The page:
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U.S. EPA Upholds State’s Decision Not to Include Compliance Schedule in Title V Permit


By Jennifer Thompson, Attorney, Bingham Greenebaum Doll LLP

Over the past few years, activists have been objecting to the issuance of certain Title V permits on the grounds that the permits do not include compliance schedules to address outstanding notices of violation (“NOV”) that have been issued to the permittee. In 2005 the U.S. Court of Appeals for the Second Circuit ruled in the environmentalists’ favor. New York Public Interest Research Group v. Johnson, 427 F.3d 172 (2nd Cir. 2005). However, courts in other circuits have not ruled directly on this issue, and environmentalists continue to raise objections.

Pursuant to Section 505 of the Clean Air Act (“CAA”), the United States Environmental Protection Agency (“U.S. EPA”) is to object to an operating permit that does not comply with the CAA requirements. If U.S. EPA does not object to a permit, any person may petition the U.S. EPA Administrator within sixty (60) days of expiration of U.S. EPA’s forty-five (45) day review period, to object to the permit. Environmentalists have been filing such petitions arguing that the issuance of an NOV (for example, alleging various Prevention of Significant Deterioration (“PSD”) and/or New Source Review (”NSR”) violations) is clear evidence that a Title V Permit is not in compliance with all of the CAA requirements.

Recently U.S. EPA Administrator Lisa Jackson upheld the Bush Administration’s position that the mere issuance of an NOV and referenced information contained therein are not sufficient to demonstrate that a permit is not in compliance with the requirements of the CAA. See U.S. EPA’s Order Partially Denying and Partially Granting Petition for Objection to Permit in the Matter of Cemex, Inc., Permit No. 95OPBO082. Administrator Jackson’s order, which responds to a petition to object to a Title V Permit, explains that the existence of an NOV is a relevant factor to consider when determining whether all of the information presented by a petitioner demonstrates the applicability of a Title V requirement. However, other factors also must be considered, including “the quality of information, whether the underlying facts are disputable, the types of defenses available to the source, and the nature of any disputed legal questions.” Using these factors, Administrator Jackson denied the petition with respect to the allegations contained in the NOV (which was issued after the public notice of the draft Title V Permit), but clarified that the Title V permit shield does not alter or affect the liability of an owner or operator of a source for violations of applicable requirements prior to or at the time of permit issuance.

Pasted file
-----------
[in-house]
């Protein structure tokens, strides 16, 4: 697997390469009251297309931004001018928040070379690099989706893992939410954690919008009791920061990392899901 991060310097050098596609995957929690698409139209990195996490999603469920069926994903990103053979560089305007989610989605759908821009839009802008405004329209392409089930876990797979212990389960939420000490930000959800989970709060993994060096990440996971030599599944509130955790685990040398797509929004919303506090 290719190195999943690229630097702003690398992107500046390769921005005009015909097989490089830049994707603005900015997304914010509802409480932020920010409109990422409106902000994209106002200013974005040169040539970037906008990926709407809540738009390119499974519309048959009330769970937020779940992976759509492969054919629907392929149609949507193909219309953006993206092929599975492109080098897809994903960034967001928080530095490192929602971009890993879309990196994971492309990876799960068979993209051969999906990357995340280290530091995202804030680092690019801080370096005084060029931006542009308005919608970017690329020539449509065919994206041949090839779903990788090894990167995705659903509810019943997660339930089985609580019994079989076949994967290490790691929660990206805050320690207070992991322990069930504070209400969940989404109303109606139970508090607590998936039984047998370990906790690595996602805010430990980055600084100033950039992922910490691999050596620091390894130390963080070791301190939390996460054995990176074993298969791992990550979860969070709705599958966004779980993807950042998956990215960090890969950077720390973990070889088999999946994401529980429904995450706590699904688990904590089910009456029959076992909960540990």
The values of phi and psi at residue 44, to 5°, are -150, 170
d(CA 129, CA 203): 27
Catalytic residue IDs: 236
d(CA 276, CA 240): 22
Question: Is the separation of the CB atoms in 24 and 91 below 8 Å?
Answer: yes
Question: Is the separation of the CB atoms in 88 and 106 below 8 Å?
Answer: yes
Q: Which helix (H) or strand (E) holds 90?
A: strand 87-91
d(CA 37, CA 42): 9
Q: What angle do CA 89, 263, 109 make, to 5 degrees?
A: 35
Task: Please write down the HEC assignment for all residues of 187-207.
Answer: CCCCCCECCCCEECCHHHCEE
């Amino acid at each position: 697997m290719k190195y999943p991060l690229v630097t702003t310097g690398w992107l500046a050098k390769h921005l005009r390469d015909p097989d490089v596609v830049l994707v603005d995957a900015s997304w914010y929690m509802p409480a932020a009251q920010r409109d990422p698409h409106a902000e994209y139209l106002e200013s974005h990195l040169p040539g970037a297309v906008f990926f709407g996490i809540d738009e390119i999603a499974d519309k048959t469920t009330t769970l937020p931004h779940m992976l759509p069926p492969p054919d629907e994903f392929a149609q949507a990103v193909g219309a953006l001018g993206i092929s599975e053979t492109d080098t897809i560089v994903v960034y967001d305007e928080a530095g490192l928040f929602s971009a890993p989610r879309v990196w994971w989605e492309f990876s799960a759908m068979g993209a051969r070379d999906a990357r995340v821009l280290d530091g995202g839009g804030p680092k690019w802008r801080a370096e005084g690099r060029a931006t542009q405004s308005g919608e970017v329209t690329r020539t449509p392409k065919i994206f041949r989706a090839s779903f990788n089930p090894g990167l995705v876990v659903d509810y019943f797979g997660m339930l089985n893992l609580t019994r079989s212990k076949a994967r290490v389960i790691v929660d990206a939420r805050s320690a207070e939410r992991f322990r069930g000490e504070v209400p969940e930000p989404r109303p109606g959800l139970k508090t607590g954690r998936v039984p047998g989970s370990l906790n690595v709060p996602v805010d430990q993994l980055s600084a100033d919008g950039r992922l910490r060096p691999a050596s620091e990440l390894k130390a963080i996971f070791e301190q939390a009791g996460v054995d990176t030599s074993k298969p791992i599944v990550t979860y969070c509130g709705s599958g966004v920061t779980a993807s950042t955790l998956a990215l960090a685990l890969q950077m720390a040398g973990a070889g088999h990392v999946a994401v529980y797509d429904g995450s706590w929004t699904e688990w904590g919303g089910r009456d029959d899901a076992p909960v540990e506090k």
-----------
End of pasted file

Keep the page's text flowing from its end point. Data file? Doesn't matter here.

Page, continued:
Additionally, the Administrator denied other objections raised by the petitioners on the grounds that said objections were not raised with reasonable specificity by the petitioners during the public comment period for the draft Title V permit. However, the Administrator granted the petition on two separate issues which were raised during the public comment period because the reviewing state agency (the Colorado Department of Public Health and Environment) failed to adequately respond to the allegations. The reviewing agency’s response to petitioner’s allegations regarding two prior modifications simply stated:

The modifications you cite were evaluated under the rules that existed at the time of each modification, and determined to not trigger, or to net out of PSD review. The emissions increases were determined to meet regulatory requirements at the time of application, and are not part of the operating permit review.

Because the state agency’s response contained no citations or summary of the basis for its past decisions, the Administrator directed the agency to address the comments on the two modification projects and make any necessary changes to the permit. Administrator Jackson clarified that she was not concluding that either project triggered PSD and/or NSR, rather she held that the permit record does not provide a meaningful response and therefore lacked an adequate basis for the reviewing agency’s determination.

Notice of U.S. EPA’s final action on the petition was included in the May 11, 2009 Federal Register (74 Fed. Reg. 21803). U.S. EPA’s Order Partially Denying and Partially Granting Petition for Objection to Permit in the Matter of Cemex, Inc., Permit No. 95OPBO082.


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